E2E and Laser Assisted Electron Impact Studies of Helium Ionization

Grants and Contracts Details


PROJECT SUMMARY Pro'fJosed Research Two experiments on He ionization are proposed. The first, motivated by major disagreements between theory and experiment reported in the literature, will measure out-of-plane (e,2e) angular distributions, for a full 360°, using a special geometry that allows out-of-plane conditions to be combined with the binary peak in a single measurement. Data will be taken in the region of He autoionizing states, both on and off resonance. The results are expected to add new insight into a postulated double scattering mechanism that has been invoked to explain the present disagreement between theory and experiment. This experiment will use an existing (e,2e) apparatus modified to allow the electron gun to move on the surface of a (mathematical) cone. We will collaborate on this experiment with Don Madison's theory group at the University of Missouri, Rolla. The second experiment will investigate helium autoionization in the presence of a laser field. Ejected electron spectra will be measured which will contain "sidebands" separated from the normal autoionization peaks by energies equal to integral numbers of the photon energy. The advantage of this type of experiment is that it isolates the photon-target interaction from the photon-projectile interaction; there is at present poor agreement between experiments that involve both types of interaction and theories that emphasize the photon-projectile interaction. In order to carry out these experiments one of the PI's apparatus will be combined with one of the Co-PI's Nd:YAG lasers. The ejected electron count rate will be increased by modifications to the electron optics and the use of a pulsed helium source. Broader im'fJacts resultinq from the Pro'fJosed Research The research will involve both undergraduate and graduate students at the University of Kentucky. The former will work on a project such as data analysis. The project will provide dissertation material for at least two graduate students. Graduates acquire skills in lasers, electronics, vacuum systems, and computer programming, networking, and interfacing with experiments. They present their work at national and international conferences. Al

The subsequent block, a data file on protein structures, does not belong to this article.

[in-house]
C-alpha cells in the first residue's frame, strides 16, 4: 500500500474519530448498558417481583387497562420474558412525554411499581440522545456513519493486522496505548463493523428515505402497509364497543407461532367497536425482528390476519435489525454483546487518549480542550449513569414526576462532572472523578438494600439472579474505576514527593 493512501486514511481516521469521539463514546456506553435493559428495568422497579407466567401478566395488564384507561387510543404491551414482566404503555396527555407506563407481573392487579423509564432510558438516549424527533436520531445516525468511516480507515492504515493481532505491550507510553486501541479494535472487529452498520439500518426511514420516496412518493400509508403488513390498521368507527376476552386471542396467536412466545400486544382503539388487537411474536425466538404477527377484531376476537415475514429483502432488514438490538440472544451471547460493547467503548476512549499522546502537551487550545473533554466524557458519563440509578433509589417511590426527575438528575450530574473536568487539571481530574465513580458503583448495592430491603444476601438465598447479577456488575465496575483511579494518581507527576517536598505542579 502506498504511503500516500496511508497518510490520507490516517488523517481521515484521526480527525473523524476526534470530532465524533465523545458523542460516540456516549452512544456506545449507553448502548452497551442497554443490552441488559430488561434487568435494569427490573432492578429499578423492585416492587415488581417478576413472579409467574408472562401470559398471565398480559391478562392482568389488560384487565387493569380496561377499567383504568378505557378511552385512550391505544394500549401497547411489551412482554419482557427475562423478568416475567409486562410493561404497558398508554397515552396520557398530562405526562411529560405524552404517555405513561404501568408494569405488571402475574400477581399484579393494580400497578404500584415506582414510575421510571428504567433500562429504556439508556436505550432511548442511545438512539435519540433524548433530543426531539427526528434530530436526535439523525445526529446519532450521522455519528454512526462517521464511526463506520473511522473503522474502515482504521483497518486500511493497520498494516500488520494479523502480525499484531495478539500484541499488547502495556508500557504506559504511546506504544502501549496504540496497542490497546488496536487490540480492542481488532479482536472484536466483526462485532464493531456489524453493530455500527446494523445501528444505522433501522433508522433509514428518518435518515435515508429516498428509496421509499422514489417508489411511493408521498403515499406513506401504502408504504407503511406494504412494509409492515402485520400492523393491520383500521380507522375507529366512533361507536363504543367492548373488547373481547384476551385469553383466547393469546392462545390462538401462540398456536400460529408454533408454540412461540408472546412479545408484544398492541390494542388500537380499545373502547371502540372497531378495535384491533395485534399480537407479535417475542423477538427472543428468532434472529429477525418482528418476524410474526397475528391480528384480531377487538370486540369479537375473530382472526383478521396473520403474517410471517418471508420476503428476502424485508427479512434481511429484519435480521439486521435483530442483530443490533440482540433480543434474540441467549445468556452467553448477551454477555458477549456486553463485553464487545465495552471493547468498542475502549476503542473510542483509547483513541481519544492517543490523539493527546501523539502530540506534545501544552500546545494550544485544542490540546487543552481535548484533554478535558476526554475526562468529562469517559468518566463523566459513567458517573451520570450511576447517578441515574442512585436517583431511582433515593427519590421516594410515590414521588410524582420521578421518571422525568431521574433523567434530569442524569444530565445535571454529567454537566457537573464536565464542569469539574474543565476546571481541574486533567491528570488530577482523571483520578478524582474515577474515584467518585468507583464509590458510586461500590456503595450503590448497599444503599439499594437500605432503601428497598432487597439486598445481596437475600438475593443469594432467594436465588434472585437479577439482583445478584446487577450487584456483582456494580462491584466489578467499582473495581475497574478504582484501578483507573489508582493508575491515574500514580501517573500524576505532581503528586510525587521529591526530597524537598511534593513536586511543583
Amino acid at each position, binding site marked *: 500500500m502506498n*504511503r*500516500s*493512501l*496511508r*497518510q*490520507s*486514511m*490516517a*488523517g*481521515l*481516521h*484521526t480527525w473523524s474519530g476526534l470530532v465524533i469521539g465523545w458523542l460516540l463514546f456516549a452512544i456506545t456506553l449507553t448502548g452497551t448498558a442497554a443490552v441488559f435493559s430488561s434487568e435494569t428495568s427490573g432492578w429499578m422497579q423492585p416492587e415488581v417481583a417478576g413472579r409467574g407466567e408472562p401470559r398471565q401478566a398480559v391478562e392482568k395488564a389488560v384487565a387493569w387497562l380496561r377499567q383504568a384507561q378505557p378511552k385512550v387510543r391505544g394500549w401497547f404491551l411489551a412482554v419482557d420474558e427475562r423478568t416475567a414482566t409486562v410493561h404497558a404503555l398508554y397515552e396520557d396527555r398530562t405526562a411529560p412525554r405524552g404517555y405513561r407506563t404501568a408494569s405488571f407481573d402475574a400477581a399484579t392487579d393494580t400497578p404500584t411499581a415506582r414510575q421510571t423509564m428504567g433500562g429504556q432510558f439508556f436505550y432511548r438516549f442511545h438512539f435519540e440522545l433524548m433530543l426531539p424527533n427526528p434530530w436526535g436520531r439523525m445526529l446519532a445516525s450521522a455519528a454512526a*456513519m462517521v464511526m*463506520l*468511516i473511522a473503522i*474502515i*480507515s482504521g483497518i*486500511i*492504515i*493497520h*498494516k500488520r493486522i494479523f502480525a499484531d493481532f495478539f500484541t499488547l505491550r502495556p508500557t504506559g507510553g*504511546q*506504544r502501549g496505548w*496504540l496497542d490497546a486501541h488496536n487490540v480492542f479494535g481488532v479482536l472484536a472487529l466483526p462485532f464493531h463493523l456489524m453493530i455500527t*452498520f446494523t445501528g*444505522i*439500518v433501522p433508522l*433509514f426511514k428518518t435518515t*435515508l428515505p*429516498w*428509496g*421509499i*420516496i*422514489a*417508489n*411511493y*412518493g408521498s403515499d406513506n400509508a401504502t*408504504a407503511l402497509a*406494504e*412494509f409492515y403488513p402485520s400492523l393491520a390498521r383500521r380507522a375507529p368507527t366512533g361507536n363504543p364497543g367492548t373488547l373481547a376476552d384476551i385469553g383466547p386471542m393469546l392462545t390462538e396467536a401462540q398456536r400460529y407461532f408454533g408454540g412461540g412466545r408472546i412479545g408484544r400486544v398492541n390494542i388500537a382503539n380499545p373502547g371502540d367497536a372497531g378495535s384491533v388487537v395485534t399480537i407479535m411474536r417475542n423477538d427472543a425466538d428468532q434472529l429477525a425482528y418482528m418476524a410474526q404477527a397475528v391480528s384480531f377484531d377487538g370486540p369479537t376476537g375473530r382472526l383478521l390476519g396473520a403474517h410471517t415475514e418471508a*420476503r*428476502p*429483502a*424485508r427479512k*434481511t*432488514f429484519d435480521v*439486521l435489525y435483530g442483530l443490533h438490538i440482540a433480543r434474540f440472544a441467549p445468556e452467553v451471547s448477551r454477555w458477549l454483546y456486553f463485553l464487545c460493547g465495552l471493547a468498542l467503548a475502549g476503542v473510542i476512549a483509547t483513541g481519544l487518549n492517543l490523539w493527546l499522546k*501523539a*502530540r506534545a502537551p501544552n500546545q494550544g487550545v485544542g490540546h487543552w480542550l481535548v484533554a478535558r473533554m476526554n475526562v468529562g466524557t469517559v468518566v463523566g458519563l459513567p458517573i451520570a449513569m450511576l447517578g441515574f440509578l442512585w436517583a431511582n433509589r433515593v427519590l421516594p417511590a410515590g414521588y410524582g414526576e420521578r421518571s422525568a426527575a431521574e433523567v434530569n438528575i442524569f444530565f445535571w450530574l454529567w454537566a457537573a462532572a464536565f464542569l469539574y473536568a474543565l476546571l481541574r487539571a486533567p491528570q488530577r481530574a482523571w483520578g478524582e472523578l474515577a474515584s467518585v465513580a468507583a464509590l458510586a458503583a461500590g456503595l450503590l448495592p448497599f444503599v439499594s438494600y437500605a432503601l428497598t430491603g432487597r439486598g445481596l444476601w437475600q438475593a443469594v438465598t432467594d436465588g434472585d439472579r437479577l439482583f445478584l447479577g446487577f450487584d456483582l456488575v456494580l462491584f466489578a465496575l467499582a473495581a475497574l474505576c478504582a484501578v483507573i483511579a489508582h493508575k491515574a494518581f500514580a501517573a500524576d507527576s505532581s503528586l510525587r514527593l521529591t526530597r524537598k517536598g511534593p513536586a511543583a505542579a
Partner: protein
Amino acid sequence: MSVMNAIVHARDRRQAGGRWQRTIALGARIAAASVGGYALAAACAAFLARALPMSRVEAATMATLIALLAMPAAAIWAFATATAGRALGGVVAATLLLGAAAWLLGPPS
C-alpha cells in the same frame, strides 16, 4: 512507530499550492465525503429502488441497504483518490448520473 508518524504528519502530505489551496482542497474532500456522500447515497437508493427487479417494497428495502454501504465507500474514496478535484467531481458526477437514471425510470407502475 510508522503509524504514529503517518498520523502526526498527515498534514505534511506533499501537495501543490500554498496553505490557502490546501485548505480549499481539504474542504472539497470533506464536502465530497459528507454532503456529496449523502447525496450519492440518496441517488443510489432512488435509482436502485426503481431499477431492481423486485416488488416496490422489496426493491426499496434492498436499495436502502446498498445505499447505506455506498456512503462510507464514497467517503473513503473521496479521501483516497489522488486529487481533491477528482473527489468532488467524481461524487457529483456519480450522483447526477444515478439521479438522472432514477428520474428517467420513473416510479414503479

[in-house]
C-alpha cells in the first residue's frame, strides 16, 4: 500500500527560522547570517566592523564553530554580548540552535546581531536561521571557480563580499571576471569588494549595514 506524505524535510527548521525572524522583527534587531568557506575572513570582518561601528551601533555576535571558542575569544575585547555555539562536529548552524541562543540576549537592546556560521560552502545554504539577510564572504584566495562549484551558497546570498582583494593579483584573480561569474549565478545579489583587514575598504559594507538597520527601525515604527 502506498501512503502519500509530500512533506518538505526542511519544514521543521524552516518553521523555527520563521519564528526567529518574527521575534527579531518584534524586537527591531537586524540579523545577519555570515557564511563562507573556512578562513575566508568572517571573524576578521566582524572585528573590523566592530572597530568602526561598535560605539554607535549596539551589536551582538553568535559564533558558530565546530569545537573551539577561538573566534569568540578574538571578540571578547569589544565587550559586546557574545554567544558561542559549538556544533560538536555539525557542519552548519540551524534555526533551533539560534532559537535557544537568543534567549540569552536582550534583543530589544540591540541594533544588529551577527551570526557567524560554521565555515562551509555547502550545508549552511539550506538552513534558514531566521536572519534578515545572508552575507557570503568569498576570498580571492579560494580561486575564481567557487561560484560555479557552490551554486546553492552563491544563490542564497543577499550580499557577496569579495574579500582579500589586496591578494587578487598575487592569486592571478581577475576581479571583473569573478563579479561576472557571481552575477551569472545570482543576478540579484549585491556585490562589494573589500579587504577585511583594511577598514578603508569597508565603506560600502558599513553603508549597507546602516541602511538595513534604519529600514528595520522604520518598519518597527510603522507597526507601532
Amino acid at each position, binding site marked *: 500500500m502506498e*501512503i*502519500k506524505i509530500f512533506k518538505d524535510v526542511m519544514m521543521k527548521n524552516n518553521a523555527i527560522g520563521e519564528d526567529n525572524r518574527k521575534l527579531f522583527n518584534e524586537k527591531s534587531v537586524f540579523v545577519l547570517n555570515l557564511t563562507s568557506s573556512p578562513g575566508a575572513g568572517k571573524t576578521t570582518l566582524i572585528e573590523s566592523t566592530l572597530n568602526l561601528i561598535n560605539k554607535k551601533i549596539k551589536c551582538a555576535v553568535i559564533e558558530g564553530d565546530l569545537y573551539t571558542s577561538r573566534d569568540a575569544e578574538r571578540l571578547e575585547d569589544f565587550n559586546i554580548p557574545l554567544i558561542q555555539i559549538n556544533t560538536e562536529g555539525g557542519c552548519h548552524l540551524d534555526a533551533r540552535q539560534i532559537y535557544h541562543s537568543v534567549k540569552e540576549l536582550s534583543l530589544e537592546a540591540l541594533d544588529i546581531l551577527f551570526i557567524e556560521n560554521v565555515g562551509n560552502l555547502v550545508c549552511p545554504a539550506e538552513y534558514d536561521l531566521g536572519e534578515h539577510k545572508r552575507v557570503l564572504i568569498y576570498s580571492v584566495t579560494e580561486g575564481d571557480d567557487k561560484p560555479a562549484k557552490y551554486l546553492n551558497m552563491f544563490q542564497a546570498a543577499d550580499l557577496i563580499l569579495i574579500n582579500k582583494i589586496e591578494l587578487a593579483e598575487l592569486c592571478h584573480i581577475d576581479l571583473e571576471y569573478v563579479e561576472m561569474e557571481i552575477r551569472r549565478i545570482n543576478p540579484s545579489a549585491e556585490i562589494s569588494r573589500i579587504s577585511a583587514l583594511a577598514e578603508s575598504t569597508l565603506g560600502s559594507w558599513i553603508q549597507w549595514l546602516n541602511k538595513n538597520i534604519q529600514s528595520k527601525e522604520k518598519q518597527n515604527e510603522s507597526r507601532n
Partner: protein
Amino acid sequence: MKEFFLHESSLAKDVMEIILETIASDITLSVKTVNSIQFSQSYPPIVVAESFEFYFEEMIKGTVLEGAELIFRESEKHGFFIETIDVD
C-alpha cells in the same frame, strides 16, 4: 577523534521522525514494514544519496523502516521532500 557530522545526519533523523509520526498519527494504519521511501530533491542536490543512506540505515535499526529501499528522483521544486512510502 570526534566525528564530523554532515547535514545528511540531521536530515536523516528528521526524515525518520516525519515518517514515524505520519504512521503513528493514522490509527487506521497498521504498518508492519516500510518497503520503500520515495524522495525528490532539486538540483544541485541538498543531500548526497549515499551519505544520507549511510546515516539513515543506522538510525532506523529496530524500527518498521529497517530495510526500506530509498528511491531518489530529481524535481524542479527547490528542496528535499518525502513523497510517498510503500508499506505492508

Effective start/end date7/1/066/30/10


  • National Science Foundation: $373,796.00


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